Now the company is raising $50 million to supply lightweight carbon fibre wheels to Ford Motor Company for the $US450,000 ($600,000) Ford GT and $US63,000 Mustang Shelby GT350R sports cars. Continue reading A ray of sunshine
Louise Clegg, barrister and lecturer in constitutional law has written a piece which was printed in the AFR as Inevitable demise of 18C can’t come soon enough, and online as Why are politicians defending 18c when the High Court won’t?
She regards 18C as self-evidently unconstitutional, and cites a speech by retiring Chief Justice Robert French as indicating that the High Court would find it so.
She calls the QUT case “monstrous”, says the poor students have had their lives changed forever, and “these boys could be anybody’s sons.” Continue reading New attack on 18C – what do anti-18C campaigners really want to say?
1. Arctic sea ice second lowest extent
The Arctic sea ice extent has just reached the second lowest ever, tied with 2007. I got the story from The Guardian, but here’s the story at NSIDC:
On September 10, Arctic sea ice extent stood at 4.14 million square kilometers (1.60 million square miles). This appears to have been the lowest extent of the year and is tied with 2007 as the second lowest extent on record. This year’s minimum extent is 750,000 square kilometers (290,000 square miles) above the record low set in 2012 and is well below the two standard deviation range for the 37-year satellite record. Satellite data show extensive areas of open water in the Beaufort and Chukchi seas, and in the Laptev and East Siberian seas.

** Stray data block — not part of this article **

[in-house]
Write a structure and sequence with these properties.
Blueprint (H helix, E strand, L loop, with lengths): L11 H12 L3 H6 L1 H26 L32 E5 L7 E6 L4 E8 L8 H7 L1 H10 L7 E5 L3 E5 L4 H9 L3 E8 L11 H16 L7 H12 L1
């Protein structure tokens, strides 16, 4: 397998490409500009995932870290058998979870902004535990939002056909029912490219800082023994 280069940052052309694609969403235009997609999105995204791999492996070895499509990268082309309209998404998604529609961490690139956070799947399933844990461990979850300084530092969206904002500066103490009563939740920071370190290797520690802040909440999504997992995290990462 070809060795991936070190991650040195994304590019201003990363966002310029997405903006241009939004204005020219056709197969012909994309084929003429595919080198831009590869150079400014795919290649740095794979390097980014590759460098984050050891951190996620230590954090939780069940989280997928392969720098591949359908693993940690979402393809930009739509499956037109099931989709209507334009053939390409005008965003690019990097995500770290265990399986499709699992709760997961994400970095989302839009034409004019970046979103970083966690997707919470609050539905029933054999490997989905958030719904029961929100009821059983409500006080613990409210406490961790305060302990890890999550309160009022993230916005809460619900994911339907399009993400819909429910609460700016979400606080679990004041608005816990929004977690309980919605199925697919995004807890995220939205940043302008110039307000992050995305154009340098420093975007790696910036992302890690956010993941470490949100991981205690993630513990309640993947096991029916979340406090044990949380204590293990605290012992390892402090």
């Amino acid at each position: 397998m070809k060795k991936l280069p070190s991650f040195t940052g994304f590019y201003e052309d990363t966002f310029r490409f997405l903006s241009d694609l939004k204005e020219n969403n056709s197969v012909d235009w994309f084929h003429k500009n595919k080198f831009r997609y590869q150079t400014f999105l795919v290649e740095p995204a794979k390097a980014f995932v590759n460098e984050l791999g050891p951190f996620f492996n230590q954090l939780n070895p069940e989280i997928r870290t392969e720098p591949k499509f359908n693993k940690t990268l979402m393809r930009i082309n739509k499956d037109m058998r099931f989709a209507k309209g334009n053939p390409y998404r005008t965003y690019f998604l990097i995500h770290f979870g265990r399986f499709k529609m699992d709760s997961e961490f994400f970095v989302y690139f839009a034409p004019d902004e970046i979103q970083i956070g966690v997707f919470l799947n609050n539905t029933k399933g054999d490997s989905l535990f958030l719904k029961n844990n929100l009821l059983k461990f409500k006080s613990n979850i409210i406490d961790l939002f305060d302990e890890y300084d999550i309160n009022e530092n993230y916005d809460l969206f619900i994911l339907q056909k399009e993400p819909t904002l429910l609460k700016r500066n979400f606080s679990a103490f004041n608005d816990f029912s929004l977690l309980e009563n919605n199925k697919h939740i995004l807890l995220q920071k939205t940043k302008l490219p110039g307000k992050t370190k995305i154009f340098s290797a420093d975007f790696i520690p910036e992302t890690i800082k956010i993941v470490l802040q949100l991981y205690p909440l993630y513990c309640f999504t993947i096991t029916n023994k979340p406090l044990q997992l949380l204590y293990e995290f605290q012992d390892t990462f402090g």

Continue reading Climate clippings 184
“Swiftboating” entered the American language when the Bush campaign or its associates went out and told outrageous lies about John Kerry’s Vietnam service. It refers to “a harsh attack by a political opponent that is dishonest, personal, and unfair.” Hillary Clinton has been under an even worse attack, dating from well before she nearly fainted from pneumonia at a 9/11 memorial event.
I Googled and came up with some stuff ostensibly Wikileaks, but covered with soft porn click bait. Apart from that there was Infowars claiming secret service leaks, and even worse from Natural News: Continue reading Republicans ‘swiftboat’ Hillary on her health
1. Conroy walks out
It’s not a stunt, Senator Stephen Conroy has resigned from parliament, effective from 30 September.
Senior Labor figure and so-called factional warlord, Conroy resigned from parliament by tabling a speech in the senate late on Thursday night. Bill Shorten is oversees and apparently knew, but no-one bothered to tell acting leader Tanya Plibersek. Continue reading Saturday salon 17/9